18 Tavern Dinner. Join us for this month’s ever popular historic dinner. Relax and kindle new friendships as colonial ladies prepare a fabulous meal at the hearth. Keep an eye on our website for upcoming menus and announcements of unique entertainments. Sign up soon –these dinners fill fast! $35 ($30 members) at the Parsons Education Center, 6 p.m.

20 Blue Grass Jam with Kevin Dyer and Friends. 1-4 p.m. at The Parsons Center. $4 donation appreciated.

28 Buck-a-Building Memorial Day and Paddle-to-the-Sea. Come see the Museum properties, including the the Old Gaol, Emerson-Wilcox House, Elizabeth Perkins House, Jefferds Tavern, the School House, and our Exhibit, “The country heer is plentiful” Trade, Religion and Warfare in York and Southern Maine, open for $1 tours. At 2 p.m. families are invited participate in Paddle-to-the-Sea, a kid-focused program based on Holling Clancy Hollings children’s book by the same name. After hearing the story, build a little boat, label it with your family’s name and launch it down the river. Follow your boat’s journey to the ocean on our blog. $5 per mini boat at the John Hancock Warehouse. 9:30 a.m. – 4 p.m.

News and Updates

Celebration of the Working and Playing Waterfront. A team of staff and trustees are looking ahead to summer and have been working to create an array of programs for 2012 all under the theme York’s rivers and ocean dominate its history. Celebrating our heritage on the water will take many forms. A series of fun and educational programs will be offered throughout June-July-August-September including a river regatta and barbeque, workshops, lectures and demonstrations on the history of lobstering, fishing, boat building, waterfront stories, riverscape painting, the 200th anniversary of the War of 1812, and more! A brochure will be coming out in May detailing all the offerings over the summer. See our website for a preliminary schedule of events — stay tuned for updated information.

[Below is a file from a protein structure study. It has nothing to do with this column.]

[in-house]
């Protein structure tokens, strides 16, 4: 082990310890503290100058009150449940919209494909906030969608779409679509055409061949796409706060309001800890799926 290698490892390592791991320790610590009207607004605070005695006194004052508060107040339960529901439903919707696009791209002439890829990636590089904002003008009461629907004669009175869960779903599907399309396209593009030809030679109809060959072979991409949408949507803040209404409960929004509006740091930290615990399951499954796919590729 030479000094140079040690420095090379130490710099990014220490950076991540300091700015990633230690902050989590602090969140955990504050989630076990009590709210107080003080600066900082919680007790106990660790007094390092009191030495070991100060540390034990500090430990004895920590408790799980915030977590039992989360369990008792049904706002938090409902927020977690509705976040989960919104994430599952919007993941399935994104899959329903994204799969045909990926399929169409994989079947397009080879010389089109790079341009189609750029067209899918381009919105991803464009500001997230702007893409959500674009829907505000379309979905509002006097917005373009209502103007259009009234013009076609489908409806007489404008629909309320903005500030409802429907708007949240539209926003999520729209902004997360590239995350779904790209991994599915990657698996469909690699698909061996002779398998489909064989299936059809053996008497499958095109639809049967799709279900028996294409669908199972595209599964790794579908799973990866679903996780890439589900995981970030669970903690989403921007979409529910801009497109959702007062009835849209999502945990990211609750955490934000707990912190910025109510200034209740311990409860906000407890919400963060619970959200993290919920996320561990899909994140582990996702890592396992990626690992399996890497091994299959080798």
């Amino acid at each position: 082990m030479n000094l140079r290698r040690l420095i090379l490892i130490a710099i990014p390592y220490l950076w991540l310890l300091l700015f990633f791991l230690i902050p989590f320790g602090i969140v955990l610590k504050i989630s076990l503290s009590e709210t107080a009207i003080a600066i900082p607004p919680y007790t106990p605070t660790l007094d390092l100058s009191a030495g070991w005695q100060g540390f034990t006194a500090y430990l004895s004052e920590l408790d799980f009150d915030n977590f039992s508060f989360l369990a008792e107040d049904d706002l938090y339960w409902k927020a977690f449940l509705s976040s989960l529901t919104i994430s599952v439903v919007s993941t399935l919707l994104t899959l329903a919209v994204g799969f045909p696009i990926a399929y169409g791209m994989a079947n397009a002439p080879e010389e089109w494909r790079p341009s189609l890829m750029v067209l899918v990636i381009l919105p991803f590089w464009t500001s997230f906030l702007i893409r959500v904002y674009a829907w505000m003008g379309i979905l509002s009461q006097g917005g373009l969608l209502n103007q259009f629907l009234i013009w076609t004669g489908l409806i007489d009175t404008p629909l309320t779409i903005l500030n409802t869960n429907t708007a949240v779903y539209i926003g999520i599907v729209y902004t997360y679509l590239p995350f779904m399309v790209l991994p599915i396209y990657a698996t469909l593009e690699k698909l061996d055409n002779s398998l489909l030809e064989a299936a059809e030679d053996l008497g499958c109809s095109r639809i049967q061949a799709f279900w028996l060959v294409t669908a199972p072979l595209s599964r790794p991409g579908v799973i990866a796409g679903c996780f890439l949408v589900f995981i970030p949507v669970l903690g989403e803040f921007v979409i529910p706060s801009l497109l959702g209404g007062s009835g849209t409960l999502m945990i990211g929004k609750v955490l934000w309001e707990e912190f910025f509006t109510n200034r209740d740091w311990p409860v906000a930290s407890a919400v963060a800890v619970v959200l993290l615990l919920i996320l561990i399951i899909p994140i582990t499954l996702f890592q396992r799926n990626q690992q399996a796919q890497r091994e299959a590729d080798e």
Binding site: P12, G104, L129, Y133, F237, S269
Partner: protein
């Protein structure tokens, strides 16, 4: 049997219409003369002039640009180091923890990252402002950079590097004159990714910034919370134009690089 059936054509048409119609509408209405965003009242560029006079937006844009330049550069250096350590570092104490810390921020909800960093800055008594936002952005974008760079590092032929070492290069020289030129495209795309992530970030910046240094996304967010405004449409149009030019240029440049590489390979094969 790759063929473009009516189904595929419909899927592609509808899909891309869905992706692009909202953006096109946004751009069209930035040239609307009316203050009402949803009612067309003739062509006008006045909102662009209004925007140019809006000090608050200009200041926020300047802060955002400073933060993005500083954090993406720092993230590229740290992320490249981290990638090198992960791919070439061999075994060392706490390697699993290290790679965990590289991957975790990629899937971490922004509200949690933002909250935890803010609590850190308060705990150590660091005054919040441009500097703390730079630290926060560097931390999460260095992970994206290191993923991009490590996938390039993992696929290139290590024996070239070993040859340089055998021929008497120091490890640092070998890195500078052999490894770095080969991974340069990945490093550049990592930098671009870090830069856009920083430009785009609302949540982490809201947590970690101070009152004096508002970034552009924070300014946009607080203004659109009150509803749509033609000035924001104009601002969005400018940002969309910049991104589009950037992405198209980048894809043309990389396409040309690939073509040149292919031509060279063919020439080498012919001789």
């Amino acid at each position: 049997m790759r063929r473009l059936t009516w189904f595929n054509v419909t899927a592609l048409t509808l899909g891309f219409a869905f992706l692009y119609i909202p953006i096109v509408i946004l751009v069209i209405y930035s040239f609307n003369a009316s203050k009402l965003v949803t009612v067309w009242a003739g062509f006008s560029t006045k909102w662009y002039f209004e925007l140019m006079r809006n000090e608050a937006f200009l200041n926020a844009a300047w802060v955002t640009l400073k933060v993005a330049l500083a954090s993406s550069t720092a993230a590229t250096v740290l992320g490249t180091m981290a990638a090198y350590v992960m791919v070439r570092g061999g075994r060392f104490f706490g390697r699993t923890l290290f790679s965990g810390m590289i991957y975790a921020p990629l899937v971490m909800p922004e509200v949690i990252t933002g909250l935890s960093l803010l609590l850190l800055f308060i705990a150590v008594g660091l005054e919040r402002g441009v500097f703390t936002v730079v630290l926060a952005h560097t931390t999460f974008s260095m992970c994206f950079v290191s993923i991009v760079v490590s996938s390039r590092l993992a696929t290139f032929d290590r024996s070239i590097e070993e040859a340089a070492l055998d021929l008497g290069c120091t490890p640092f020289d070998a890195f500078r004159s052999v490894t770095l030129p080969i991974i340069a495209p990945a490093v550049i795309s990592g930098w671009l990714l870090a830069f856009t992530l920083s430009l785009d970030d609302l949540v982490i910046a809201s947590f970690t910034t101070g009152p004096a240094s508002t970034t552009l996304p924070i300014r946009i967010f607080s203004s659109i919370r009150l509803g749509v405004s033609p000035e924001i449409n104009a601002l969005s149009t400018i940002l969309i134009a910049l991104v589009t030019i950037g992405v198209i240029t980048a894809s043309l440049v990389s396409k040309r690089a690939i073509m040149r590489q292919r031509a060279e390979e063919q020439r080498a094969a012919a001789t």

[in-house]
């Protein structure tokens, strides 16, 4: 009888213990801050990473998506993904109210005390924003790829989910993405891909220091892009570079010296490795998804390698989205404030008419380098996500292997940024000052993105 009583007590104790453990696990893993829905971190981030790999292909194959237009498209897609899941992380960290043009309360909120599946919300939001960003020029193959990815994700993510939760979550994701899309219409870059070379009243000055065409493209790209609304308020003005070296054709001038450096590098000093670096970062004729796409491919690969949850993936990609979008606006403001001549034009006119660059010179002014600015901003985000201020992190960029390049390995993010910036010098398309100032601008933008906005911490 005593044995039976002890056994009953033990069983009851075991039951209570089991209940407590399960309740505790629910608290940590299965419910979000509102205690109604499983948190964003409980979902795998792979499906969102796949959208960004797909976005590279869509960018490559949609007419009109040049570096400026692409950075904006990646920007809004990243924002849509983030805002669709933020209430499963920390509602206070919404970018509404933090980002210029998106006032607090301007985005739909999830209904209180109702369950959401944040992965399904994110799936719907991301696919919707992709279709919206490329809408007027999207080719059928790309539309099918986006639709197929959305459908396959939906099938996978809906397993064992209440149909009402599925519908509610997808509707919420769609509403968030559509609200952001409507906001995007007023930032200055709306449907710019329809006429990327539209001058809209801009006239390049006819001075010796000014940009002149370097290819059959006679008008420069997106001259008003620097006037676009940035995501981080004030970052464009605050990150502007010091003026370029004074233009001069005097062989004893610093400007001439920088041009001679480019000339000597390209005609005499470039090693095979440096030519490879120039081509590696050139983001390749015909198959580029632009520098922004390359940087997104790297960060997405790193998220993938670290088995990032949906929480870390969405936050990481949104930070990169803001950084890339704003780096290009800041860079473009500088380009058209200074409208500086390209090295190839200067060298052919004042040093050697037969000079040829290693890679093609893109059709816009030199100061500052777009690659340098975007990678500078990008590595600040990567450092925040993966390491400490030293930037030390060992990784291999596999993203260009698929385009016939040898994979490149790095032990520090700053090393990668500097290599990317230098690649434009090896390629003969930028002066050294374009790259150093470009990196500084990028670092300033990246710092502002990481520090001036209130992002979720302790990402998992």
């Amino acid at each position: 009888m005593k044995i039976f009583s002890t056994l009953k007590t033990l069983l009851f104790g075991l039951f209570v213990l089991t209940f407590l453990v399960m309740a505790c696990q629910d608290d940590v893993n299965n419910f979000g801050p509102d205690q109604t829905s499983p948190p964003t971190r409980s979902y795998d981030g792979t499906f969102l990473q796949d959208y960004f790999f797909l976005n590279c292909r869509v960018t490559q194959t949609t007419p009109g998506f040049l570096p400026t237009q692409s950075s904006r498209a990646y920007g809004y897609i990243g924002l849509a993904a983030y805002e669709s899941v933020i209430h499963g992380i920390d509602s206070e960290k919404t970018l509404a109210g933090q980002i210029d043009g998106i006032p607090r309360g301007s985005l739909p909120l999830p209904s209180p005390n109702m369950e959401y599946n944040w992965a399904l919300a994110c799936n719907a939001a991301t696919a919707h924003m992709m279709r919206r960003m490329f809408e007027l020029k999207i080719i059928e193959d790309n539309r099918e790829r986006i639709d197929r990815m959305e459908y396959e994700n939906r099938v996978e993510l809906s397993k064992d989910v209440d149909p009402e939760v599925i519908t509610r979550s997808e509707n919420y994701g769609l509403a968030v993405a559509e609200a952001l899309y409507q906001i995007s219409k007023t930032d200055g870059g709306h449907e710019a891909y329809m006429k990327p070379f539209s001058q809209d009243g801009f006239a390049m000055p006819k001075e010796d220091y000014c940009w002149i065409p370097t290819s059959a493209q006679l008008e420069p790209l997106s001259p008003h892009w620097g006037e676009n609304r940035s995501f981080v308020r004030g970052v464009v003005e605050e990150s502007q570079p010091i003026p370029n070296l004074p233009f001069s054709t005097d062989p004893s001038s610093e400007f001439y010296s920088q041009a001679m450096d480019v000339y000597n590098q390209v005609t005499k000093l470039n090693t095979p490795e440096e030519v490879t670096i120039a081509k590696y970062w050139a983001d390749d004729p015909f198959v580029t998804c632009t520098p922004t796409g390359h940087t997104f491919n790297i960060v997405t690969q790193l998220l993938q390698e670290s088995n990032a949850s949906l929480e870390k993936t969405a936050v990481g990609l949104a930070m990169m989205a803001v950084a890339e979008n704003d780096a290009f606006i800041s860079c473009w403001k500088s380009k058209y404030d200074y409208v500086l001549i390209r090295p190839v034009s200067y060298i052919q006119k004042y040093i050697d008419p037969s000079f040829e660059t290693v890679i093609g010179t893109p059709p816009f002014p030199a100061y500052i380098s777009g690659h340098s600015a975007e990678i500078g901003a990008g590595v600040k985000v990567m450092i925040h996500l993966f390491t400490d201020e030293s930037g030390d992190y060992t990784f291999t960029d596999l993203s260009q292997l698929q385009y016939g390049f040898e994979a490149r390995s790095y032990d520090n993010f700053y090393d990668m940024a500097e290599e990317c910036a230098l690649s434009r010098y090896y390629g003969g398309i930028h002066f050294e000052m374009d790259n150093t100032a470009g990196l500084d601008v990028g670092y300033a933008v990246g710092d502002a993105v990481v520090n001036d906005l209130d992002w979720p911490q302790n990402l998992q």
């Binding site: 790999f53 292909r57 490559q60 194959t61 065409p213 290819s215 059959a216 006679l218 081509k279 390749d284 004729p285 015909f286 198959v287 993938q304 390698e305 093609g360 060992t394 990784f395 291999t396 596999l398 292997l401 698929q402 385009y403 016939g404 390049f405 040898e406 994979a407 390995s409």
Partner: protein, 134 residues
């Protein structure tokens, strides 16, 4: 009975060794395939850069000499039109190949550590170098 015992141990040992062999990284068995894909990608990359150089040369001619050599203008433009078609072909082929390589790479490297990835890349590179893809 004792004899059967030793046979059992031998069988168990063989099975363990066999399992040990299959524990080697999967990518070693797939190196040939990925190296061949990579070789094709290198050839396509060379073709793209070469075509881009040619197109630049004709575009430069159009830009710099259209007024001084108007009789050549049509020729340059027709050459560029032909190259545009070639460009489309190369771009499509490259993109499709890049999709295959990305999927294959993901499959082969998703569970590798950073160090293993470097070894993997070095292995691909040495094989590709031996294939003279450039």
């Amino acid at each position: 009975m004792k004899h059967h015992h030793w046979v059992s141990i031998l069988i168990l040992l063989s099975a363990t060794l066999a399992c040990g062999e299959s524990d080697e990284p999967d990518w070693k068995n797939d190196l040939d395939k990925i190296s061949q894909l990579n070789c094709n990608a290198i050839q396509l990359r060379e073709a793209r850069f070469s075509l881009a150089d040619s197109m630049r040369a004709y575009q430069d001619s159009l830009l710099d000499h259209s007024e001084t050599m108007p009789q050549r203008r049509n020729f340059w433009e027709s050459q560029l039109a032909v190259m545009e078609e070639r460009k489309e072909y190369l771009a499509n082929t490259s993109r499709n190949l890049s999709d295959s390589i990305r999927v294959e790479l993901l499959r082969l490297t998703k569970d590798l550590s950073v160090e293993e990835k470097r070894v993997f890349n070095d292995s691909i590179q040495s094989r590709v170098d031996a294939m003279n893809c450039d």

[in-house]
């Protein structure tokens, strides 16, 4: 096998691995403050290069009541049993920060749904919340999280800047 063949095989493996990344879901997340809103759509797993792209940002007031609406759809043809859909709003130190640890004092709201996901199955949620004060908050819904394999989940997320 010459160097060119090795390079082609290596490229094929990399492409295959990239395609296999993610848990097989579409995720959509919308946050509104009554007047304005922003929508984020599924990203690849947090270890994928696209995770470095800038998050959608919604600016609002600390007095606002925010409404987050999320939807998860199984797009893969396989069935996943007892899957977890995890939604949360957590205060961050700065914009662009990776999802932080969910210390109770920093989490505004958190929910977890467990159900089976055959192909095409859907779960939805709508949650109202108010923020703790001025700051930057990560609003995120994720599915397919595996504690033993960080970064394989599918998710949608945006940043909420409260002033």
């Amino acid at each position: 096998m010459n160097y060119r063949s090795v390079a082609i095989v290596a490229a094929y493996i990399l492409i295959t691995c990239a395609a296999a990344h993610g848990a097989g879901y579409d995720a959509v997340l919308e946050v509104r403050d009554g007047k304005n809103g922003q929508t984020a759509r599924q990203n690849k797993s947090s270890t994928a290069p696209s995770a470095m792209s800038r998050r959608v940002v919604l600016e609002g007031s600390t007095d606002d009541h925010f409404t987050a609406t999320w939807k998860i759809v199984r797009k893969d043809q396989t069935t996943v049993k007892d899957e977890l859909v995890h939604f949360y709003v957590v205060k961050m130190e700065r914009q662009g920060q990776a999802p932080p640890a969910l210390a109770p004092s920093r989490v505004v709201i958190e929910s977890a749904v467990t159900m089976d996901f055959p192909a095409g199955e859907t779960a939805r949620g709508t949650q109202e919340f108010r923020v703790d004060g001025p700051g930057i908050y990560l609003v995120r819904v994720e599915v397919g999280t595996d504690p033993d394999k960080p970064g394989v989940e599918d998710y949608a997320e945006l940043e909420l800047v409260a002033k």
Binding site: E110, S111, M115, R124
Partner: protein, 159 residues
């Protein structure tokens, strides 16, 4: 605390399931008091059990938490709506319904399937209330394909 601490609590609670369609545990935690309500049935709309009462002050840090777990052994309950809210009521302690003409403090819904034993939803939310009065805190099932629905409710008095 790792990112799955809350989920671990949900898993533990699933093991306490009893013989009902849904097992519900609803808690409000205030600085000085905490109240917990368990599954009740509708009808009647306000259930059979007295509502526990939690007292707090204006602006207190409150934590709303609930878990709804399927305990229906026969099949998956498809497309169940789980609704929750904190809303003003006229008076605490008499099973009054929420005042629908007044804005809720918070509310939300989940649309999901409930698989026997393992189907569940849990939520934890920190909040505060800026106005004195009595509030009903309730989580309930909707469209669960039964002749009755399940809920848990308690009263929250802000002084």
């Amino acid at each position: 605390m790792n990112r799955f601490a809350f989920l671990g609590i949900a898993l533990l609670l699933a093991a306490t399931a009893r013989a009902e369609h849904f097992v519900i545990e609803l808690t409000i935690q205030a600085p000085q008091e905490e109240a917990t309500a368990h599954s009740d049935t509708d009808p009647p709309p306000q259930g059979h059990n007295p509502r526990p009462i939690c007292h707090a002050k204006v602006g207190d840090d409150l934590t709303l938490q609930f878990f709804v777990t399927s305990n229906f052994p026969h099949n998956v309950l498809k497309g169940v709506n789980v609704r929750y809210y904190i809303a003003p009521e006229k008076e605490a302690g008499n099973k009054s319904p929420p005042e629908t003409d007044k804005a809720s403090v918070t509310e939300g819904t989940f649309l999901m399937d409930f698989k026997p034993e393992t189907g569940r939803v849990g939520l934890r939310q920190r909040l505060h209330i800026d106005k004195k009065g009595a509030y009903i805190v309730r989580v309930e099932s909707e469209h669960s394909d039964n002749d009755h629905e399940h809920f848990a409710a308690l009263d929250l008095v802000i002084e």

OAH/NCPH 2012

Highlights of the Organization of American Historians in Milwaukie from the History News Network;


Highlights from the 2012 OAH Annual Meeting in Milwaukee

David A. Walsh

Index

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Nelson Dingley Jr.

Genealogy is about the memories we give, as well
The presentation is free and open to all. Donations will be accepted to benefit Orono Historical Society. For information on researching family history in Maine, see Genealogy Resources under Family Ties at bangordailynews.com/browse/family-ties